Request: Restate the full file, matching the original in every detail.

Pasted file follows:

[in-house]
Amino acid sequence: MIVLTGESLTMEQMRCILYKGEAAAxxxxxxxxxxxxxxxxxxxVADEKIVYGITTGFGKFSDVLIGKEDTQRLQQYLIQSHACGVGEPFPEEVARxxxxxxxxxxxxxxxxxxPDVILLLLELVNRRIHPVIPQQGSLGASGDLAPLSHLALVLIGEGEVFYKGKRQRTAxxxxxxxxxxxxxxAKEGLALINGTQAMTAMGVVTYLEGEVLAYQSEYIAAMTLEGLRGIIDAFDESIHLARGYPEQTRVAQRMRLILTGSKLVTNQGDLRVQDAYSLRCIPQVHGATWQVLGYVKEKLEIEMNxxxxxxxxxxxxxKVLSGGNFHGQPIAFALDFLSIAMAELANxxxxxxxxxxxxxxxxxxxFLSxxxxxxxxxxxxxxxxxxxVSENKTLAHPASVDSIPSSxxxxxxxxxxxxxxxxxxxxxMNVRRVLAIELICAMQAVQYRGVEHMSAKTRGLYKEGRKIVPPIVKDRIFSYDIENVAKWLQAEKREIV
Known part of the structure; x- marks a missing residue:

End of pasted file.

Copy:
[in-house]
Amino acid sequence: MIVLTGESLTMEQMRCILYKGEAAAxxxxxxxxxxxxxxxxxxxVADEKIVYGITTGFGKFSDVLIGKEDTQRLQQYLIQSHACGVGEPFPEEVARxxxxxxxxxxxxxxxxxxPDVILLLLELVNRRIHPVIPQQGSLGASGDLAPLSHLALVLIGEGEVFYKGKRQRTAxxxxxxxxxxxxxxAKEGLALINGTQAMTAMGVVTYLEGEVLAYQSEYIAAMTLEGLRGIIDAFDESIHLARGYPEQTRVAQRMRLILTGSKLVTNQGDLRVQDAYSLRCIPQVHGATWQVLGYVKEKLEIEMNxxxxxxxxxxxxxKVLSGGNFHGQPIAFALDFLSIAMAELANxxxxxxxxxxxxxxxxxxxFLSxxxxxxxxxxxxxxxxxxxVSENKTLAHPASVDSIPSSxxxxxxxxxxxxxxxxxxxxxMNVRRVLAIELICAMQAVQYRGVEHMSAKTRGLYKEGRKIVPPIVKDRIFSYDIENVAKWLQAEKREIV
Known part of the structure; x- marks a missing residue: